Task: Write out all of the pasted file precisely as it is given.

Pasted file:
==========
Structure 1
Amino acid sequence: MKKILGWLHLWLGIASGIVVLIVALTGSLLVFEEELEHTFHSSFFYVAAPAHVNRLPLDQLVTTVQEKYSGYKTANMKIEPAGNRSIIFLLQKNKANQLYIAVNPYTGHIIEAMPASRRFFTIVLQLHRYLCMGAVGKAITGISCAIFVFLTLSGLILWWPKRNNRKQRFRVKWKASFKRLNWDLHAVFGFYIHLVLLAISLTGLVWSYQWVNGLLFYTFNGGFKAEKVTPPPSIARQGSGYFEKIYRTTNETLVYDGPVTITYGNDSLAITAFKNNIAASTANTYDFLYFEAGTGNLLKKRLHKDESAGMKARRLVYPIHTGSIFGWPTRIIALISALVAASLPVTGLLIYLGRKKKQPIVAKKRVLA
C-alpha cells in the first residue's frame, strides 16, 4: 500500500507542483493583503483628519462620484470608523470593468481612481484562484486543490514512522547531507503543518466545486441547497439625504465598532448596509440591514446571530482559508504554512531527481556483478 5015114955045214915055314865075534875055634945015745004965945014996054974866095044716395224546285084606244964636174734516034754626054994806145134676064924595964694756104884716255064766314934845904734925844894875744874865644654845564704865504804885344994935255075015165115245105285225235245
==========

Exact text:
Structure 1
Amino acid sequence: MKKILGWLHLWLGIASGIVVLIVALTGSLLVFEEELEHTFHSSFFYVAAPAHVNRLPLDQLVTTVQEKYSGYKTANMKIEPAGNRSIIFLLQKNKANQLYIAVNPYTGHIIEAMPASRRFFTIVLQLHRYLCMGAVGKAITGISCAIFVFLTLSGLILWWPKRNNRKQRFRVKWKASFKRLNWDLHAVFGFYIHLVLLAISLTGLVWSYQWVNGLLFYTFNGGFKAEKVTPPPSIARQGSGYFEKIYRTTNETLVYDGPVTITYGNDSLAITAFKNNIAASTANTYDFLYFEAGTGNLLKKRLHKDESAGMKARRLVYPIHTGSIFGWPTRIIALISALVAASLPVTGLLIYLGRKKKQPIVAKKRVLA
C-alpha cells in the first residue's frame, strides 16, 4: 500500500507542483493583503483628519462620484470608523470593468481612481484562484486543490514512522547531507503543518466545486441547497439625504465598532448596509440591514446571530482559508504554512531527481556483478 5015114955045214915055314865075534875055634945015745004965945014996054974866095044716395224546285084606244964636174734516034754626054994806145134676064924595964694756104884716255064766314934845904734925844894875744874865644654845564704865504804885344994935255075015165115245105285225235245